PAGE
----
Ponchos in plans for UI commencement, just in case

Ponchos in plans for UI commencement, just in case

Cap and gown.

Check.

Obligatory "Thanks, Mom" message.

Check.

Rain poncho.

Check.

Graduation gear is evolving this spring at the University of Illinois, with the first outdoor commencement in four decades.

Because of construction at the State Farm Center, the May 17 campuswide ceremony was moved to Memorial Stadium. And that's prompted changes, including an official UI rain poncho issued to each graduate.

"Everything's different, truthfully," said Laura Wilhelm-Barr, director of special events.

With the larger venue, a single ceremony is scheduled for 9:30 a.m. May 17, a Saturday, rather than the split Sunday morning and afternoon ceremonies of recent years.

A temporary floor will be brought in earlier that week to cover the stadium field, as planners concluded that chair legs would sink into the turf.

"We don't want to harm the field," Wilhelm-Barr said.

The stage will be set up on the east side of the field on the 50-yard line, facing west, and all graduates and faculty will be seated on the field in front of the stage. Guests will sit in the west stands, with spillover available in the horseshoe and the "Block I" student section on the north, she said.

Wilhelm-Barr said the east stands probably won't be needed. In past years about 8,000 spectators attended the morning and afternoon ceremonies combined at the former Assembly Hall. The stadium's west stands hold about 12,000 people, the horseshoe another 10,000, and the Block I student section holds 5,000.

Wilhelm-Barr is expecting 3,000 students to go through the ceremony, as 2,600 undergraduates and master's-degree students have already registered, plus another 200 doctoral candidates. That's up from 2,700 who attended the two ceremonies combined in recent years, she said. About 11,000 students are eligible for commencement (including December and August graduates).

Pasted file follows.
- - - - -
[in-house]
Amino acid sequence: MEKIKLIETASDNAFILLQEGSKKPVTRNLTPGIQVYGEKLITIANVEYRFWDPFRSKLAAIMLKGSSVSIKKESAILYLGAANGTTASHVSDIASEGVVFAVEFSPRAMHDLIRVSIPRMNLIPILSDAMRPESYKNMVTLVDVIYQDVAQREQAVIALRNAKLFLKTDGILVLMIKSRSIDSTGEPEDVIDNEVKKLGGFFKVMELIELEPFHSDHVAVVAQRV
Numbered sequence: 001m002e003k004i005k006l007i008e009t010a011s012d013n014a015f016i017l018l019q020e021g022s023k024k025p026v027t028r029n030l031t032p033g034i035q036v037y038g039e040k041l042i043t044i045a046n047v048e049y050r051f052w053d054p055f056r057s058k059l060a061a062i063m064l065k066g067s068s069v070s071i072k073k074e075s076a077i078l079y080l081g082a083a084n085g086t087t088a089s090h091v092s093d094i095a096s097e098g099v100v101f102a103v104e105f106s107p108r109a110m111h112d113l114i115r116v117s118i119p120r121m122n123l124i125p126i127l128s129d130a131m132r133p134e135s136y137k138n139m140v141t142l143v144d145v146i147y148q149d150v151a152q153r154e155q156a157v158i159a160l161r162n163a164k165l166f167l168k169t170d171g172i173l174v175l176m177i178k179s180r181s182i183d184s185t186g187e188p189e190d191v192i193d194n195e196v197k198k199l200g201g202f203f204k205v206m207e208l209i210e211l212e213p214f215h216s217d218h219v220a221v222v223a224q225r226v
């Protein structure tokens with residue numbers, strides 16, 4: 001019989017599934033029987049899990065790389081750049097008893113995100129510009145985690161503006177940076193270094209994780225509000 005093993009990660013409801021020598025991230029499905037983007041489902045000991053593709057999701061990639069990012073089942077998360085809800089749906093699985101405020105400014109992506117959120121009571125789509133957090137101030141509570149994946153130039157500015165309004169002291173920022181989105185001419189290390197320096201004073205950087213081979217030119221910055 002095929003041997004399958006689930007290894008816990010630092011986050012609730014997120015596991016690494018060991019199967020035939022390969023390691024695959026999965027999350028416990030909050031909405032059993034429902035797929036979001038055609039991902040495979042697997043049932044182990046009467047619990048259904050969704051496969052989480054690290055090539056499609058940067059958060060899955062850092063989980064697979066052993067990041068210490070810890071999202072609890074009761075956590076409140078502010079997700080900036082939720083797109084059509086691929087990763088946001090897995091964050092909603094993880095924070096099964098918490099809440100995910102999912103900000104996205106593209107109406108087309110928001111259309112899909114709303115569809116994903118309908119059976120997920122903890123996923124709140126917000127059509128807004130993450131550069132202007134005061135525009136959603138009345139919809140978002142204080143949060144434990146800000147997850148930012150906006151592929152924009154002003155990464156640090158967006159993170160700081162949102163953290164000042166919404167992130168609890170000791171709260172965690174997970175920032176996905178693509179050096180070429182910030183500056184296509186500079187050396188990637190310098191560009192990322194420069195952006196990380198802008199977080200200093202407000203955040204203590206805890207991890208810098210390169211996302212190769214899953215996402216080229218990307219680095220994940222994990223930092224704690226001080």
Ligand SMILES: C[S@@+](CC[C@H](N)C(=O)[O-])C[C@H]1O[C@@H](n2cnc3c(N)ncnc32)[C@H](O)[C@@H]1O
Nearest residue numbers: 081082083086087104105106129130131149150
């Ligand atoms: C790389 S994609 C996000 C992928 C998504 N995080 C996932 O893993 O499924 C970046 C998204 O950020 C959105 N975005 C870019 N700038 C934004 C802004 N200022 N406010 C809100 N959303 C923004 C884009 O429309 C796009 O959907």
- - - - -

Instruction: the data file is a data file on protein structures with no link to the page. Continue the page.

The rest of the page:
She attributes the increased interest to the new venue and the keynote speaker, UI alumnus and NASA astronaut Mike Hopkins.

The Saturday scheduling may also be a draw. In past years many students would attend their own department or college ceremony on Saturday and skip Sunday's commencement because they were leaving town, she said. This year the unit ceremonies are set for Saturday afternoon and evening and all day Sunday.

Larger college ceremonies formerly held at the State Farm Center had to be moved to Huff Hall, which bumped some events previously held at Huff to Foellinger Auditorium. That may mean some ticket limitations for those events, she said.

Commencement will proceed rain or shine unless lightning is spotted within 8 miles. Crowds will be directed to take shelter inside the stadium in the event of a dangerous storm.

The UI chorus and wind orchestra will perform as usual, but under a tent in case of rain — mostly to protect the expensive instruments. The stage has an overhang for the platform party, which should help unless the rain goes sideways, she said. Guests will be allowed to bring in umbrellas, which are banned during UI football games.

For those seated on the field, "that's where the rain ponchos come in handy," Wilhelm-Barr said. They'll be clear, so graduation regalia shows through, with an orange column "I" logo on the back.

The procession into the stadium will include doctoral candidates, students with University Honors, faculty, and bearers of the "gonfalons," or banners, depicting each college (it's an industry term, apparently). They will line up inside the Activities and Recreation Center and process out a back door and across Irwin Drive into the north end of the stadium. The ARC will be closed to the public that day.

Parking will still be allowed in Lot E-14, and shuttles will run both days from there to the department or college ceremonies around campus and to the reception at the President's House immediately following Saturday's commencement.

Catch him if you can

Mike Hopkins will be busy during his four-day visit to the UI, attending a commencement breakfast for athletes and touring engineering facilities, the Air Force ROTC and the Center for Wounded Veterans' site in Urbana. Here are his public appearances:

3 p.m. Friday — First post-mission talk about his time aboard the International Space Station, National Center for Supercomputing Applications auditorium.

9:30 a.m. Saturday — Keynote speaker at UI commencement, Memorial Stadium.

11 a.m. Monday — Keynote speaker at the Triservice ROTC commissioning ceremony, Foellinger Auditorium.

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